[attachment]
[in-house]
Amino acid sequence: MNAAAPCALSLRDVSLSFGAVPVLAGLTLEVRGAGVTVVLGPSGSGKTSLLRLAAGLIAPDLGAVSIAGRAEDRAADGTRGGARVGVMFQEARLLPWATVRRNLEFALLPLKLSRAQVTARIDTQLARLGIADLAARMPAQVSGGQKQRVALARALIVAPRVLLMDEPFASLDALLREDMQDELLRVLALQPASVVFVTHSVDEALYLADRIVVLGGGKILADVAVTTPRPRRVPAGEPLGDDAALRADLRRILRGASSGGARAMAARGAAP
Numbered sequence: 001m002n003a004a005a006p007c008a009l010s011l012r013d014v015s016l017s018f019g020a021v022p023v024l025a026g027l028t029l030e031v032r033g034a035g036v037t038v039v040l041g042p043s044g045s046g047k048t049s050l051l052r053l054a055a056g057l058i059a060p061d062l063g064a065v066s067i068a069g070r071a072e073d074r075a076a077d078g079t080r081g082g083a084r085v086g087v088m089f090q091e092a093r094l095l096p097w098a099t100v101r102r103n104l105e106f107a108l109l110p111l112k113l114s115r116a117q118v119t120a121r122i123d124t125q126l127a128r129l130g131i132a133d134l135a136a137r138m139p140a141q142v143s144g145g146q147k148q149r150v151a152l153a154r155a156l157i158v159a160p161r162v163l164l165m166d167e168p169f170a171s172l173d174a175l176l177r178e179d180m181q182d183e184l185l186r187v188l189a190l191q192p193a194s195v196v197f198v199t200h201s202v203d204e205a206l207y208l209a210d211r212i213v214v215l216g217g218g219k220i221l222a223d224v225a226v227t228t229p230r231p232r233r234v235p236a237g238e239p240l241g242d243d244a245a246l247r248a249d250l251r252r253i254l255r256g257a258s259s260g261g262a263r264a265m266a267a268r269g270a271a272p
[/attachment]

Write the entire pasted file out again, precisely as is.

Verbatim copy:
[in-house]
Amino acid sequence: MNAAAPCALSLRDVSLSFGAVPVLAGLTLEVRGAGVTVVLGPSGSGKTSLLRLAAGLIAPDLGAVSIAGRAEDRAADGTRGGARVGVMFQEARLLPWATVRRNLEFALLPLKLSRAQVTARIDTQLARLGIADLAARMPAQVSGGQKQRVALARALIVAPRVLLMDEPFASLDALLREDMQDELLRVLALQPASVVFVTHSVDEALYLADRIVVLGGGKILADVAVTTPRPRRVPAGEPLGDDAALRADLRRILRGASSGGARAMAARGAAP
Numbered sequence: 001m002n003a004a005a006p007c008a009l010s011l012r013d014v015s016l017s018f019g020a021v022p023v024l025a026g027l028t029l030e031v032r033g034a035g036v037t038v039v040l041g042p043s044g045s046g047k048t049s050l051l052r053l054a055a056g057l058i059a060p061d062l063g064a065v066s067i068a069g070r071a072e073d074r075a076a077d078g079t080r081g082g083a084r085v086g087v088m089f090q091e092a093r094l095l096p097w098a099t100v101r102r103n104l105e106f107a108l109l110p111l112k113l114s115r116a117q118v119t120a121r122i123d124t125q126l127a128r129l130g131i132a133d134l135a136a137r138m139p140a141q142v143s144g145g146q147k148q149r150v151a152l153a154r155a156l157i158v159a160p161r162v163l164l165m166d167e168p169f170a171s172l173d174a175l176l177r178e179d180m181q182d183e184l185l186r187v188l189a190l191q192p193a194s195v196v197f198v199t200h201s202v203d204e205a206l207y208l209a210d211r212i213v214v215l216g217g218g219k220i221l222a223d224v225a226v227t228t229p230r231p232r233r234v235p236a237g238e239p240l241g242d243d244a245a246l247r248a249d250l251r252r253i254l255r256g257a258s259s260g261g262a263r264a265m266a267a268r269g270a271a272p